A familiar face of rape

THERE’S a new play coming to Canberra and it has a singularly familiar ring to it, especially if you’re familiar with “Reclaim the Night” vigils or the more recent ADFA scandals.

Playwright Helen Machalias… hers not a play of reconciliation, but rather one designed to get the public talking.

Playwright Helen Machalias… hers not a play of reconciliation, but rather one designed to get the public talking.

“Is this specifically a Canberra play?” I ask writer and Arts NSW officer, Helen Machalias. After all, it’s set in a fictitious “prestigious” university college in the ACT.

It turns out that Machalias has brought her experiences of several campuses to her first full-length play, “In Loco Parentis”, soon to be seen as part of The Street Theatre’s “Made in Canberra” program.

Raised in Armidale, she’s studied at the University of New England, the University of Sydney and Deakin University. She even spent a short time at UC, so she knows a lot about how dangerous campuses have become for young people.

“Actually,” Machalias admits, “the idea was originally inspired by an incident at a Sydney Uni College when ‘pro-rape’ comments were posted on Facebook.” Later, in Canberra, she found that it was a huge issue here, too.

The “it” we are talking about – Machalias makes no bones about it – is rape, however much we might like to package it as “harassment”.

And “in loco parentis”? Isn’t that the term used to indicate pastoral care in schools among colleges and universities?

She’s writing about the tolerance of sexual assault on our campuses by those placed in loco parentis, in the place of a parent, safeguarding young students.

Hannah Wood, who plays Katy, and Dylan Ven Der Berg, who plays Mitch in “In Loco Parentis”. Photo by Lorna Sim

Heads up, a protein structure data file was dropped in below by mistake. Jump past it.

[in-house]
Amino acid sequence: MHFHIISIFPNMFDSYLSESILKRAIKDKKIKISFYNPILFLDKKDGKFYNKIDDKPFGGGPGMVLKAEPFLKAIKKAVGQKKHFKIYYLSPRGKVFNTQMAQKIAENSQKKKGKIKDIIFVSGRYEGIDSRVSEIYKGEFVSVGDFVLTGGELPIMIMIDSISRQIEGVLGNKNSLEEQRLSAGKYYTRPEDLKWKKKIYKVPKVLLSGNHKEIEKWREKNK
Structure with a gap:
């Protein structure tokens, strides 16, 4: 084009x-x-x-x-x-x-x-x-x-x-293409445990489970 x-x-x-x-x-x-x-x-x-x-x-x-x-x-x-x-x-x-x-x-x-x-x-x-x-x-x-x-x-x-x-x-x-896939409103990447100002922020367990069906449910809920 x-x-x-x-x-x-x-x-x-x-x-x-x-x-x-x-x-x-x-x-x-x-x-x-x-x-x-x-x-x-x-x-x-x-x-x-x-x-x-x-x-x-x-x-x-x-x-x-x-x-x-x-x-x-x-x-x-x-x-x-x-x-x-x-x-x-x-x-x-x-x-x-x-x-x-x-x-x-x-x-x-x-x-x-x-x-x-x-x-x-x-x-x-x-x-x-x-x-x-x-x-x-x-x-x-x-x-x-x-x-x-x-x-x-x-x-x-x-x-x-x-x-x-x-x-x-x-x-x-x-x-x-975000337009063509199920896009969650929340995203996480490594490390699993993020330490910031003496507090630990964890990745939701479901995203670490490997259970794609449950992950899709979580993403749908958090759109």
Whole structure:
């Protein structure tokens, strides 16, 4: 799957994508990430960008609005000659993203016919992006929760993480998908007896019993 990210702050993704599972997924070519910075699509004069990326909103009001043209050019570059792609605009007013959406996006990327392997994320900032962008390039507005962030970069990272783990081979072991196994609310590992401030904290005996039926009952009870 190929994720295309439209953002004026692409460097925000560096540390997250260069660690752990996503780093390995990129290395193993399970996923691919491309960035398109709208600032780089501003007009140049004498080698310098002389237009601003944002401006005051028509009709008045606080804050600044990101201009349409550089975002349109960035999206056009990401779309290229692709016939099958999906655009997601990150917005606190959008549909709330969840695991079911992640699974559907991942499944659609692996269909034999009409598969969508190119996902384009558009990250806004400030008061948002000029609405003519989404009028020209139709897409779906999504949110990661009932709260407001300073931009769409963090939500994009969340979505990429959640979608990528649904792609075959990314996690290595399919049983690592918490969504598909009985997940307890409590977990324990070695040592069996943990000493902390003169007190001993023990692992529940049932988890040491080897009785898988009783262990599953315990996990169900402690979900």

Hannah Wood, who plays Katy, and Dylan Ven Der Berg, who plays Mitch in “In Loco Parentis”. Photo by Lorna Sim

“Colleges have self-sufficient cultures”, she says, “often with a sense of entitlement among students in exclusive colleges, so they often deny knowledge of acts of violence, with people in power saying ‘we have dealt with this’.”

Briefly, her play, featuring four actors and a “chorus” of college students, looks at this issue through the eyes of Katy, a senior college resident who enjoys a close relationship with the president Mitch. That relationship is shattered when she accuses him of raping a fresher, and the whole university community becomes implicated. David Mamet’s “Oleanna” or Helen Garner’s “The First Stone” come to mind.

Sure, Machalias has read other such works, but they are more genteel than her play, which was written, workshopped and rehearsed in Canberra as part of The Street Theatre’s “The Hive” project, which she joined in 2010.

Hers is not a play of reconciliation, but rather one designed to get the public talking. “It’s more a provocation”, she says.

“In Loco Parentis”, at The Street Theatre, October 25-November 2, bookings to 6247 1223 or thestreet.org.au

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